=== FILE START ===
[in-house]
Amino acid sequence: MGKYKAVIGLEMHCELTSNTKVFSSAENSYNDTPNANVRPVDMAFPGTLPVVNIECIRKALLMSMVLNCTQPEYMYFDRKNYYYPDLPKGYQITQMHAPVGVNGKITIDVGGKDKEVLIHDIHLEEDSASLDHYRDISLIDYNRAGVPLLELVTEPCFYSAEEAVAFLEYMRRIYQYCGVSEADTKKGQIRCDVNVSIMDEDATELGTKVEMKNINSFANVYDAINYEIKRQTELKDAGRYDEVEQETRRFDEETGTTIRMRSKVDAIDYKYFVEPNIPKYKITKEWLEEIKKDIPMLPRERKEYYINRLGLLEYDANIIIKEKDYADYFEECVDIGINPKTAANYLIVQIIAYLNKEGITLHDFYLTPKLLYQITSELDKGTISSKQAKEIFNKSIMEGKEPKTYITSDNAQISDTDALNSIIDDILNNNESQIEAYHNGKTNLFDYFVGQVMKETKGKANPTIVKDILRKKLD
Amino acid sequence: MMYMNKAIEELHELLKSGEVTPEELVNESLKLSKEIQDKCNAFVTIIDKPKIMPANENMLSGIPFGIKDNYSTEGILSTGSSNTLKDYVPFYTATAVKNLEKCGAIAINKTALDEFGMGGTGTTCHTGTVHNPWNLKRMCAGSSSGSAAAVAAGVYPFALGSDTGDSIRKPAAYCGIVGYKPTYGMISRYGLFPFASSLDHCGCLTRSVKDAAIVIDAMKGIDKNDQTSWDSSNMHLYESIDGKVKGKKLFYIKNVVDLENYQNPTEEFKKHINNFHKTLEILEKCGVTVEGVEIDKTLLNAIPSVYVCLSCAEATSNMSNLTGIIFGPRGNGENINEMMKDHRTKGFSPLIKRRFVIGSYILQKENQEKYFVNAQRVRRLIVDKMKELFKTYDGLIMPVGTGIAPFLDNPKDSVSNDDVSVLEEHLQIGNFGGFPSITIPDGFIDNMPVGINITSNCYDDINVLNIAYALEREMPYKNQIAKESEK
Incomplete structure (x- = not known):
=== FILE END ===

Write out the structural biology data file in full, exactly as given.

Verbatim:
[in-house]
Amino acid sequence: MGKYKAVIGLEMHCELTSNTKVFSSAENSYNDTPNANVRPVDMAFPGTLPVVNIECIRKALLMSMVLNCTQPEYMYFDRKNYYYPDLPKGYQITQMHAPVGVNGKITIDVGGKDKEVLIHDIHLEEDSASLDHYRDISLIDYNRAGVPLLELVTEPCFYSAEEAVAFLEYMRRIYQYCGVSEADTKKGQIRCDVNVSIMDEDATELGTKVEMKNINSFANVYDAINYEIKRQTELKDAGRYDEVEQETRRFDEETGTTIRMRSKVDAIDYKYFVEPNIPKYKITKEWLEEIKKDIPMLPRERKEYYINRLGLLEYDANIIIKEKDYADYFEECVDIGINPKTAANYLIVQIIAYLNKEGITLHDFYLTPKLLYQITSELDKGTISSKQAKEIFNKSIMEGKEPKTYITSDNAQISDTDALNSIIDDILNNNESQIEAYHNGKTNLFDYFVGQVMKETKGKANPTIVKDILRKKLD
Amino acid sequence: MMYMNKAIEELHELLKSGEVTPEELVNESLKLSKEIQDKCNAFVTIIDKPKIMPANENMLSGIPFGIKDNYSTEGILSTGSSNTLKDYVPFYTATAVKNLEKCGAIAINKTALDEFGMGGTGTTCHTGTVHNPWNLKRMCAGSSSGSAAAVAAGVYPFALGSDTGDSIRKPAAYCGIVGYKPTYGMISRYGLFPFASSLDHCGCLTRSVKDAAIVIDAMKGIDKNDQTSWDSSNMHLYESIDGKVKGKKLFYIKNVVDLENYQNPTEEFKKHINNFHKTLEILEKCGVTVEGVEIDKTLLNAIPSVYVCLSCAEATSNMSNLTGIIFGPRGNGENINEMMKDHRTKGFSPLIKRRFVIGSYILQKENQEKYFVNAQRVRRLIVDKMKELFKTYDGLIMPVGTGIAPFLDNPKDSVSNDDVSVLEEHLQIGNFGGFPSITIPDGFIDNMPVGINITSNCYDDINVLNIAYALEREMPYKNQIAKESEK
Incomplete structure (x- = not known):